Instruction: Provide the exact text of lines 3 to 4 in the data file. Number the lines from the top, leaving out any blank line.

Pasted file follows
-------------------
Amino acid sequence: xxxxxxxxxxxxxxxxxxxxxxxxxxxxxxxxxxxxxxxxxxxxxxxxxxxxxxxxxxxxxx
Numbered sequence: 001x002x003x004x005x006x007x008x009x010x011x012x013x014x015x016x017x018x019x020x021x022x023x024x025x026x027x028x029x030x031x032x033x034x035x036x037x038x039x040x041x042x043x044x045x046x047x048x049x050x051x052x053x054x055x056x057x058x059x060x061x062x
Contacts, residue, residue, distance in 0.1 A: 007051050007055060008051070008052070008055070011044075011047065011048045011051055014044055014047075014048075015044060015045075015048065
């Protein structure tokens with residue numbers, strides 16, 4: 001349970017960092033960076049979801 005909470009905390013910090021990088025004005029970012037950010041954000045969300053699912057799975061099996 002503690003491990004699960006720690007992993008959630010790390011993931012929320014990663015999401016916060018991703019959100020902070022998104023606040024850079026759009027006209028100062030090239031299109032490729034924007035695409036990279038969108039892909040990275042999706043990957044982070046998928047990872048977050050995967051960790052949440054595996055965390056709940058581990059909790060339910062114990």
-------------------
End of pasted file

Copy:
Contacts, residue, residue, distance in 0.1 A: 007051050007055060008051070008052070008055070011044075011047065011048045011051055014044055014047075014048075015044060015045075015048065
């Protein structure tokens with residue numbers, strides 16, 4: 001349970017960092033960076049979801 005909470009905390013910090021990088025004005029970012037950010041954000045969300053699912057799975061099996 002503690003491990004699960006720690007992993008959630010790390011993931012929320014990663015999401016916060018991703019959100020902070022998104023606040024850079026759009027006209028100062030090239031299109032490729034924007035695409036990279038969108039892909040990275042999706043990957044982070046998928047990872048977050050995967051960790052949440054595996055965390056709940058581990059909790060339910062114990």